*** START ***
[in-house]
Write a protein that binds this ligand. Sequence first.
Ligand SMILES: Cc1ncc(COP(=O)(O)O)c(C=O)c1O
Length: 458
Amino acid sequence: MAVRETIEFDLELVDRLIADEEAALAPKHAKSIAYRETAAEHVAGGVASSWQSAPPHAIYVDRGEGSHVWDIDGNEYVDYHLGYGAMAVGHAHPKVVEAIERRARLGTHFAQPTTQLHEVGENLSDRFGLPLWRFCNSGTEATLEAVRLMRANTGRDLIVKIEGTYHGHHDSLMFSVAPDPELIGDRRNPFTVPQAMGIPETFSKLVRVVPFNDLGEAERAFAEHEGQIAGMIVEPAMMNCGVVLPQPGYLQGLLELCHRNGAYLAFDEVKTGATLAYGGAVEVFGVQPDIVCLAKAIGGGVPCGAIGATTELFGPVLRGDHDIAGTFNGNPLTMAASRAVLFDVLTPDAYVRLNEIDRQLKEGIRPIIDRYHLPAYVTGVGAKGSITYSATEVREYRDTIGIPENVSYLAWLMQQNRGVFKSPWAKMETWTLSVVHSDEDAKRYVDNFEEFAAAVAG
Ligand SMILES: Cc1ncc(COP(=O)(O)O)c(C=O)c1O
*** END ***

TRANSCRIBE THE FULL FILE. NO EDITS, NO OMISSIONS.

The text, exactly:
[in-house]
Write a protein that binds this ligand. Sequence first.
Ligand SMILES: Cc1ncc(COP(=O)(O)O)c(C=O)c1O
Length: 458
Amino acid sequence: MAVRETIEFDLELVDRLIADEEAALAPKHAKSIAYRETAAEHVAGGVASSWQSAPPHAIYVDRGEGSHVWDIDGNEYVDYHLGYGAMAVGHAHPKVVEAIERRARLGTHFAQPTTQLHEVGENLSDRFGLPLWRFCNSGTEATLEAVRLMRANTGRDLIVKIEGTYHGHHDSLMFSVAPDPELIGDRRNPFTVPQAMGIPETFSKLVRVVPFNDLGEAERAFAEHEGQIAGMIVEPAMMNCGVVLPQPGYLQGLLELCHRNGAYLAFDEVKTGATLAYGGAVEVFGVQPDIVCLAKAIGGGVPCGAIGATTELFGPVLRGDHDIAGTFNGNPLTMAASRAVLFDVLTPDAYVRLNEIDRQLKEGIRPIIDRYHLPAYVTGVGAKGSITYSATEVREYRDTIGIPENVSYLAWLMQQNRGVFKSPWAKMETWTLSVVHSDEDAKRYVDNFEEFAAAVAG
Ligand SMILES: Cc1ncc(COP(=O)(O)O)c(C=O)c1O